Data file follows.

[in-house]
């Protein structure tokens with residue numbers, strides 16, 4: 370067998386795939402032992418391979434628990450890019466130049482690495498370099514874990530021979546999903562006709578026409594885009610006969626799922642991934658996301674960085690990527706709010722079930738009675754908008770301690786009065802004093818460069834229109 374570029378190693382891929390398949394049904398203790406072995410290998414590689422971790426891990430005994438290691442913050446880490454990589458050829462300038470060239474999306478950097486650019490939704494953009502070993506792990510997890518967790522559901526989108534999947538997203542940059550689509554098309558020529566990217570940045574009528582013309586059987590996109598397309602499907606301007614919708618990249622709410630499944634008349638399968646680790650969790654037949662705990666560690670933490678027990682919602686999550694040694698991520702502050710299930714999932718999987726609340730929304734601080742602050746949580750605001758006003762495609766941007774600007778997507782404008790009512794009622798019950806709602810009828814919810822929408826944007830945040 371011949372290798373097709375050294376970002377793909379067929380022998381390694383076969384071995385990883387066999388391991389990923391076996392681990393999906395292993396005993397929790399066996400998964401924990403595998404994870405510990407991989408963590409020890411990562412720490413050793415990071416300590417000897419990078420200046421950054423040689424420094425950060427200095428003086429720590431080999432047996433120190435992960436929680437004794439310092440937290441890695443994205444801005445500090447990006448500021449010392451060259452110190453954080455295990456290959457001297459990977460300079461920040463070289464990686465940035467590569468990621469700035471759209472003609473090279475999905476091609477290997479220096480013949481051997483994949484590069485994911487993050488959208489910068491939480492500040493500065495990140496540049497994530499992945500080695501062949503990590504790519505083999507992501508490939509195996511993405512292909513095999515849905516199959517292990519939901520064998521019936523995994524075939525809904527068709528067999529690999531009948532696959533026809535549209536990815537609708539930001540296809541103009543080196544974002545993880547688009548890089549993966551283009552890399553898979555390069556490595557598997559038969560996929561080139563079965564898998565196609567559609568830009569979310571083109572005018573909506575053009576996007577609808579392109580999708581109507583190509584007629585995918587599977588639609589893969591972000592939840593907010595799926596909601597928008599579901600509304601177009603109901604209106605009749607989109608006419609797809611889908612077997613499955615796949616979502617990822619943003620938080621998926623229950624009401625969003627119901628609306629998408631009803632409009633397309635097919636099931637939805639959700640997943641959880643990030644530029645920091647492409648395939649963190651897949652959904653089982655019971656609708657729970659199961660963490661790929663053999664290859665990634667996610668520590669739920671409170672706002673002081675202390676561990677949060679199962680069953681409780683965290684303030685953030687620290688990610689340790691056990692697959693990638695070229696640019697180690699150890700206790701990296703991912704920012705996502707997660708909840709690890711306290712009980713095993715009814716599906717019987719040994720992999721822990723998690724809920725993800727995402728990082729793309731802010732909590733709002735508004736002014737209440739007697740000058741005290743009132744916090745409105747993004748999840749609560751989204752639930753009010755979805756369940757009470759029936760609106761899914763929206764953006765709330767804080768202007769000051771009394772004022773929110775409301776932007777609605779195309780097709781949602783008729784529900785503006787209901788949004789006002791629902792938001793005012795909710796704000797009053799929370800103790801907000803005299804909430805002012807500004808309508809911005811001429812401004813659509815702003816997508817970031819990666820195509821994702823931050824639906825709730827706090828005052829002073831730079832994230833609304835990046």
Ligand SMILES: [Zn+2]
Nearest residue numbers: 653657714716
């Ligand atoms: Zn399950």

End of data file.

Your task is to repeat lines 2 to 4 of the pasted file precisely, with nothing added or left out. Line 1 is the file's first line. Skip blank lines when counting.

């Protein structure tokens with residue numbers, strides 16, 4: 370067998386795939402032992418391979434628990450890019466130049482690495498370099514874990530021979546999903562006709578026409594885009610006969626799922642991934658996301674960085690990527706709010722079930738009675754908008770301690786009065802004093818460069834229109 374570029378190693382891929390398949394049904398203790406072995410290998414590689422971790426891990430005994438290691442913050446880490454990589458050829462300038470060239474999306478950097486650019490939704494953009502070993506792990510997890518967790522559901526989108534999947538997203542940059550689509554098309558020529566990217570940045574009528582013309586059987590996109598397309602499907606301007614919708618990249622709410630499944634008349638399968646680790650969790654037949662705990666560690670933490678027990682919602686999550694040694698991520702502050710299930714999932718999987726609340730929304734601080742602050746949580750605001758006003762495609766941007774600007778997507782404008790009512794009622798019950806709602810009828814919810822929408826944007830945040 371011949372290798373097709375050294376970002377793909379067929380022998381390694383076969384071995385990883387066999388391991389990923391076996392681990393999906395292993396005993397929790399066996400998964401924990403595998404994870405510990407991989408963590409020890411990562412720490413050793415990071416300590417000897419990078420200046421950054423040689424420094425950060427200095428003086429720590431080999432047996433120190435992960436929680437004794439310092440937290441890695443994205444801005445500090447990006448500021449010392451060259452110190453954080455295990456290959457001297459990977460300079461920040463070289464990686465940035467590569468990621469700035471759209472003609473090279475999905476091609477290997479220096480013949481051997483994949484590069485994911487993050488959208489910068491939480492500040493500065495990140496540049497994530499992945500080695501062949503990590504790519505083999507992501508490939509195996511993405512292909513095999515849905516199959517292990519939901520064998521019936523995994524075939525809904527068709528067999529690999531009948532696959533026809535549209536990815537609708539930001540296809541103009543080196544974002545993880547688009548890089549993966551283009552890399553898979555390069556490595557598997559038969560996929561080139563079965564898998565196609567559609568830009569979310571083109572005018573909506575053009576996007577609808579392109580999708581109507583190509584007629585995918587599977588639609589893969591972000592939840593907010595799926596909601597928008599579901600509304601177009603109901604209106605009749607989109608006419609797809611889908612077997613499955615796949616979502617990822619943003620938080621998926623229950624009401625969003627119901628609306629998408631009803632409009633397309635097919636099931637939805639959700640997943641959880643990030644530029645920091647492409648395939649963190651897949652959904653089982655019971656609708657729970659199961660963490661790929663053999664290859665990634667996610668520590669739920671409170672706002673002081675202390676561990677949060679199962680069953681409780683965290684303030685953030687620290688990610689340790691056990692697959693990638695070229696640019697180690699150890700206790701990296703991912704920012705996502707997660708909840709690890711306290712009980713095993715009814716599906717019987719040994720992999721822990723998690724809920725993800727995402728990082729793309731802010732909590733709002735508004736002014737209440739007697740000058741005290743009132744916090745409105747993004748999840749609560751989204752639930753009010755979805756369940757009470759029936760609106761899914763929206764953006765709330767804080768202007769000051771009394772004022773929110775409301776932007777609605779195309780097709781949602783008729784529900785503006787209901788949004789006002791629902792938001793005012795909710796704000797009053799929370800103790801907000803005299804909430805002012807500004808309508809911005811001429812401004813659509815702003816997508817970031819990666820195509821994702823931050824639906825709730827706090828005052829002073831730079832994230833609304835990046």
Ligand SMILES: [Zn+2]
Nearest residue numbers: 653657714716